Despite 900 years of domination by the Moors and the Islamic influences they brought to Spain, pork is a popular ingredient in Spanish cuisine. For centuries, a Spanish family who ate pork was proving they were “pureblood Spaniards” (i.e., they weren’t Moorish or Jewish) in addition to satisfying their taste buds. All that aside, tapas and paella are two mainstays of Spanish cuisine, which in some ways resembles classic Mediterranean dishes. “Tapas” is a term used to refer to small bites of hot or cold food. There are all sorts of tapas and they’re made from various ingredients – cheese, olives, squid, fish, beef, and so on. They are usually eaten as appetizers or snacks, but many Spanish taverns provide free tapas when you buy a drink. Some Spanish bars and restaurants serve meals entirely comprised of an assortment of tapas.
Paella is an amazingly delicious rice-based dish that originally
comes from Valencia, Spain. Many non-natives think of paella as the
country’s “national dish,” but it’s actually more of a regional thing.
Although paella comes in many varieties, there are three main types:
seafood, classic Valencian meat or poultry, and a mixed dish that uses
meat or poultry and seafood as ingredients. All of them also use rice, olive oil, vegetables and various seasonings as ingredients.
In Spain’s villages and smaller towns, meals are often prepared from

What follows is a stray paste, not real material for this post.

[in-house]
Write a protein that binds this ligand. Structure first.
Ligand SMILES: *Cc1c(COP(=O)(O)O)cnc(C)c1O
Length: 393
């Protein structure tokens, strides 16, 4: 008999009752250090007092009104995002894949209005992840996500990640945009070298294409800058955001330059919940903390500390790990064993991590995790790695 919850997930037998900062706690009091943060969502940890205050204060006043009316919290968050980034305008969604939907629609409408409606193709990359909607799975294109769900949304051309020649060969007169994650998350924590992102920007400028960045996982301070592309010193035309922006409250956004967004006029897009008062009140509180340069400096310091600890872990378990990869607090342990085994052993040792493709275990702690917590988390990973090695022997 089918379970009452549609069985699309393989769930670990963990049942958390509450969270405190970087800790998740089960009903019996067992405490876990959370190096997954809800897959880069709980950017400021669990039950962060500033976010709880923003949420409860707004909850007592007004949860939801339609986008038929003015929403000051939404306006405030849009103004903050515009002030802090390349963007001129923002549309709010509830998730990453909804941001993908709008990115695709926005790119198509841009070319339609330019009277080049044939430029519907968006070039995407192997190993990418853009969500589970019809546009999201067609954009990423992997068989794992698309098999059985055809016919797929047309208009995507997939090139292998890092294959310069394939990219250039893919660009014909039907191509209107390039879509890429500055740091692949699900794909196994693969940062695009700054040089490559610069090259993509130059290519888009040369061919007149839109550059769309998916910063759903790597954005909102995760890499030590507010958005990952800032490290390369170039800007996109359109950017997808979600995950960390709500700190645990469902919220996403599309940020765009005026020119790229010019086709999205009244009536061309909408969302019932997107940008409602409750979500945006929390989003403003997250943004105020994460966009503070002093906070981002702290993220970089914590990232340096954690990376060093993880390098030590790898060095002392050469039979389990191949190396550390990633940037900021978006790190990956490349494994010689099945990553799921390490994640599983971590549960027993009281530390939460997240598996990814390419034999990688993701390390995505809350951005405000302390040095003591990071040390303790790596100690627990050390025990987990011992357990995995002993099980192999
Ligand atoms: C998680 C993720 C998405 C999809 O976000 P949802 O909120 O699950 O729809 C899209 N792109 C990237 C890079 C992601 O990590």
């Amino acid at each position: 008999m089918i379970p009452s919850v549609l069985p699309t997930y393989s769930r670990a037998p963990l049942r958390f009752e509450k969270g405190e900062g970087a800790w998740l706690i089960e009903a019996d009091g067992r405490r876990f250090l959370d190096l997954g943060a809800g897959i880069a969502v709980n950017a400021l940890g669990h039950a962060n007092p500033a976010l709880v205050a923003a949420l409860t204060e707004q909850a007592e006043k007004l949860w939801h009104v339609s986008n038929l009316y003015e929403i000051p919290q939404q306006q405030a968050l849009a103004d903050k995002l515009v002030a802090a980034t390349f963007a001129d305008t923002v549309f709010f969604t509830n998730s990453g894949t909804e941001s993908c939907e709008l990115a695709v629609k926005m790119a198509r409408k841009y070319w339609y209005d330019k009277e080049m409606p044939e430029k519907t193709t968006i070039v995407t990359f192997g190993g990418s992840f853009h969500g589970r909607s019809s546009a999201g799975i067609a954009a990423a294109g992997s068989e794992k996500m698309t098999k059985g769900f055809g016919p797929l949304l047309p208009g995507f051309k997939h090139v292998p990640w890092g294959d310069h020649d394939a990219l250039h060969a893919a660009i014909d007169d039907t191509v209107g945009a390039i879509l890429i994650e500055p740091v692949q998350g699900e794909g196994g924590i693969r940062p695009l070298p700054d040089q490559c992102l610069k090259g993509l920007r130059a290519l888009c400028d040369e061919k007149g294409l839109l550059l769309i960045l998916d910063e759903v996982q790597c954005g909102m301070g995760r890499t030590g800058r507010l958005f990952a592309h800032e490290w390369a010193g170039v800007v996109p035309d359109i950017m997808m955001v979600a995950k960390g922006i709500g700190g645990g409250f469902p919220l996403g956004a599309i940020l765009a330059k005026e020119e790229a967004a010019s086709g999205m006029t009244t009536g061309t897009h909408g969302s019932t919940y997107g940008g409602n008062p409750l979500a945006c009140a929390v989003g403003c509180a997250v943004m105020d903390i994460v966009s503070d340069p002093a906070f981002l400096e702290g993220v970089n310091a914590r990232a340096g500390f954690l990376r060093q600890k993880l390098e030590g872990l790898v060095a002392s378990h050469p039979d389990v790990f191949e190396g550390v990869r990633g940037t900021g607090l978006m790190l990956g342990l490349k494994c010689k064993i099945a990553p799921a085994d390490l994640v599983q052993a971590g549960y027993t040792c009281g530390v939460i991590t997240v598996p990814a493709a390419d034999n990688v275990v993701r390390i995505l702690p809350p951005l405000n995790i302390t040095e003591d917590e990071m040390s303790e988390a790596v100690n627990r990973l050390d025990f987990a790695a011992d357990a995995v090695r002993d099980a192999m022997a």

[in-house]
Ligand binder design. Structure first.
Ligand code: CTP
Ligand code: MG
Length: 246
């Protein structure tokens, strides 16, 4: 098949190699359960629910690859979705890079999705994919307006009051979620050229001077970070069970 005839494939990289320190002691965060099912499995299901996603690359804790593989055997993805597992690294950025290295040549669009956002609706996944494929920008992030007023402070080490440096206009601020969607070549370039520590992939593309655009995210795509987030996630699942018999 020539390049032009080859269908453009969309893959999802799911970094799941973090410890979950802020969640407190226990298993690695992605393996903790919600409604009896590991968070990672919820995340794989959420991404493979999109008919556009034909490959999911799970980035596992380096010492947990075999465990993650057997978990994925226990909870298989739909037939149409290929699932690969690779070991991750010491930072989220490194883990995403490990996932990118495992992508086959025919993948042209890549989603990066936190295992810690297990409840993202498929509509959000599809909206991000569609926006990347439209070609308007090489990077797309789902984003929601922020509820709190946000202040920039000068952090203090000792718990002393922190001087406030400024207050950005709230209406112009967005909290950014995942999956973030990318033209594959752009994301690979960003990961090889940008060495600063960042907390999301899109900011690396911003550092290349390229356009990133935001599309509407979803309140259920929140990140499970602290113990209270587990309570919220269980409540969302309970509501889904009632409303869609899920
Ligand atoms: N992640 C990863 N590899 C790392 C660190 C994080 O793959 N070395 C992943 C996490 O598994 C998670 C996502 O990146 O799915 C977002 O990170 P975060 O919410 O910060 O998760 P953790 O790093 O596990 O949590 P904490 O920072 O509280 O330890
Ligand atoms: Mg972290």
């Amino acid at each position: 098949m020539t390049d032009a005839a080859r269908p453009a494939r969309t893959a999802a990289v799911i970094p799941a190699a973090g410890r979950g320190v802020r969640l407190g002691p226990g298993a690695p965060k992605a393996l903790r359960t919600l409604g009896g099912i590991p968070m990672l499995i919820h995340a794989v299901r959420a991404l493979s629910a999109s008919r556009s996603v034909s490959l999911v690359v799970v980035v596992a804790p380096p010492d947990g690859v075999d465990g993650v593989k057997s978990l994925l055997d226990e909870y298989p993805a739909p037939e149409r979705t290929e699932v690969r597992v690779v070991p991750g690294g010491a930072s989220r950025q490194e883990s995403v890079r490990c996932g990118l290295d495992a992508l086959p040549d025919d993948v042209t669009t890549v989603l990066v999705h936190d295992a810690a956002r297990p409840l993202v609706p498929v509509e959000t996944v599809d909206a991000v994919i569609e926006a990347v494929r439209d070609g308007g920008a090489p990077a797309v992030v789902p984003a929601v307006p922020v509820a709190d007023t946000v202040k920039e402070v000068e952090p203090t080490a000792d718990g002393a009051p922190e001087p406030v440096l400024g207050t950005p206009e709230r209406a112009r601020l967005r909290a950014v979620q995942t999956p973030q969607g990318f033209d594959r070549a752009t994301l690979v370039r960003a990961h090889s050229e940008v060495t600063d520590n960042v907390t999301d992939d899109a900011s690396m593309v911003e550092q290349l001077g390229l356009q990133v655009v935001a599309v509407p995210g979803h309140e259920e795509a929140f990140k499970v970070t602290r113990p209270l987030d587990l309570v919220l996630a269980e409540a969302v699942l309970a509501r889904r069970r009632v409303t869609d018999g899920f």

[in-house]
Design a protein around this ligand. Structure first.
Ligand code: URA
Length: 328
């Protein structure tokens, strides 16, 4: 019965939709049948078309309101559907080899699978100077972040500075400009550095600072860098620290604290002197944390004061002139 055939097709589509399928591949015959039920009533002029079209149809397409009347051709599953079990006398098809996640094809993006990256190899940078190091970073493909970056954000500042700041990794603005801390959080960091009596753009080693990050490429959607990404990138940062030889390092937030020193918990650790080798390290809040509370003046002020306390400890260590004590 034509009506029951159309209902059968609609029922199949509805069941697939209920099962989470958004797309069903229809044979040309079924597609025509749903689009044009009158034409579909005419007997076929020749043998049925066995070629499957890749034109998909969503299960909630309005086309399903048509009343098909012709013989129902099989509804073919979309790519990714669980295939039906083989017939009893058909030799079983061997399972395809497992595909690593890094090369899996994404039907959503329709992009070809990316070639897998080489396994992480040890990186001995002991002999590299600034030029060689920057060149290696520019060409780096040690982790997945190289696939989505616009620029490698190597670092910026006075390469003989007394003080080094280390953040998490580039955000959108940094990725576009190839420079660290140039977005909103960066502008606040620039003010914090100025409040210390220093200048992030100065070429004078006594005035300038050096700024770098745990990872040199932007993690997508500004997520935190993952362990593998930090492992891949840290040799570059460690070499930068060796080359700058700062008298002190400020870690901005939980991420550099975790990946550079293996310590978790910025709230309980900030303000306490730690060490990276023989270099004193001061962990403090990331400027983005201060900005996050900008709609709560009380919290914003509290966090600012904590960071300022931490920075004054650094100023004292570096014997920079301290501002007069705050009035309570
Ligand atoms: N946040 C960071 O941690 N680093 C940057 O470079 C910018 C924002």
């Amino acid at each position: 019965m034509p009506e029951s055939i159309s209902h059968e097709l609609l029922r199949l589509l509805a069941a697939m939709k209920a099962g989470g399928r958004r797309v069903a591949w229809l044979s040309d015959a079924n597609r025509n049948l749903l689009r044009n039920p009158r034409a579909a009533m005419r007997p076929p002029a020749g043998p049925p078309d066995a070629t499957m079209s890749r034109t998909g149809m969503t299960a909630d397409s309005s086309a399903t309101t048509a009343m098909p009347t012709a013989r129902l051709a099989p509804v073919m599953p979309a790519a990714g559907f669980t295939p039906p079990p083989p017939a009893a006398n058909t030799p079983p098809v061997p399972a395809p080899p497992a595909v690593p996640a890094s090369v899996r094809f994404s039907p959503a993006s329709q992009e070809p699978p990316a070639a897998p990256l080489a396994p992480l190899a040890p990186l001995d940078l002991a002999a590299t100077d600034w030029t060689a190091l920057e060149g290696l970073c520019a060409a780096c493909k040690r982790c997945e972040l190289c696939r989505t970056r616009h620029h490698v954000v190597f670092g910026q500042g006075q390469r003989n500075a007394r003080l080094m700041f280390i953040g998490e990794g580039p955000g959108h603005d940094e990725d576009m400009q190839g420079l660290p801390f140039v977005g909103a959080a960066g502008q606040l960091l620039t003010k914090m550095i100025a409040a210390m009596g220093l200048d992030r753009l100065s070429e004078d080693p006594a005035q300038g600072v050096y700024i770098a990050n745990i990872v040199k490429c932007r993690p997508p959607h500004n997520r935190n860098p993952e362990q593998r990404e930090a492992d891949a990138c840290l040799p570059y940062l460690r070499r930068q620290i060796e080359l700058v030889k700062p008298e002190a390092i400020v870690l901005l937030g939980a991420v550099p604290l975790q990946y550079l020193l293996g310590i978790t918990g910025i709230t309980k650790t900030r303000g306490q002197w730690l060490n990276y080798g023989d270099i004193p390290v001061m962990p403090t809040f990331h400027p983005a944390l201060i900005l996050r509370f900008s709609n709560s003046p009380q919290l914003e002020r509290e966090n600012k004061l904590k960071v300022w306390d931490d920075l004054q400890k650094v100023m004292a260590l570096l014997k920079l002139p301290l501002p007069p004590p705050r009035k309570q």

delicious fresh ingredients bought the same day at a nearby open-air
street market. Garlic, onion, olive oil and tomato are frequent
ingredients in Spanish dishes. Fresh fruit is a typical dessert. And don't forget the awesome Spanish wines, good anytime of day!
Here's what to expect on a traditional Spanish food menu.
Siestas after Midday Meals
Siestas are afternoon naps that are usually taken shortly after lunch. They’re strongly identified with the Spanish culture and lifestyle, but also with Mexico. The tradition probably got its start because it’s easy to get drowsy after a meal when the weather’s hot.
Architecture in Spain Culture
Like several other aspects of Spain’s culture, Spanish architecture is heavily influenced by the country’s history. Roman aqueducts can still be seen (in Segovia, for example) and there are many examples of Spanish Gothic architecture, such as the ornate cathedral in Burgos. But several of the most impressive (and famous) structures in Spain were built by the Moors during their long occupation of the country. The Alhambra in Granada and the Great Mosque in Córdoba are two examples.
Much more recently, Catalan architect Antoni Gaudi’s “Modernista” style produced a number of Spanish masterworks, including Barcelona’s still-uncompleted Sagrada Familia – a world-renowned Roman Catholic basilica and one of the country’s most-visited buildings. Gaudi was nicknamed “God’s Architect” and seven of his buildings have been designated as UNESCO World Heritage Sites. He’s such a cultural hero in Spain that many would like to see him declared a saint. By the way, Spain is the home of 42 UNESCO World Heritage Sites – the second-highest number of any country and a source of great national pride.
The Influence of Regional Cultures
Spain’s regions are distinctly different from each other, and each one has its own regional culture. Every one of these regional cultures has contributed to Spain’s traditions and customs. Their contributions might be food, music, dance, wines, art, architecture or something else, but they all add flavor to the pot that we call the Spain culture.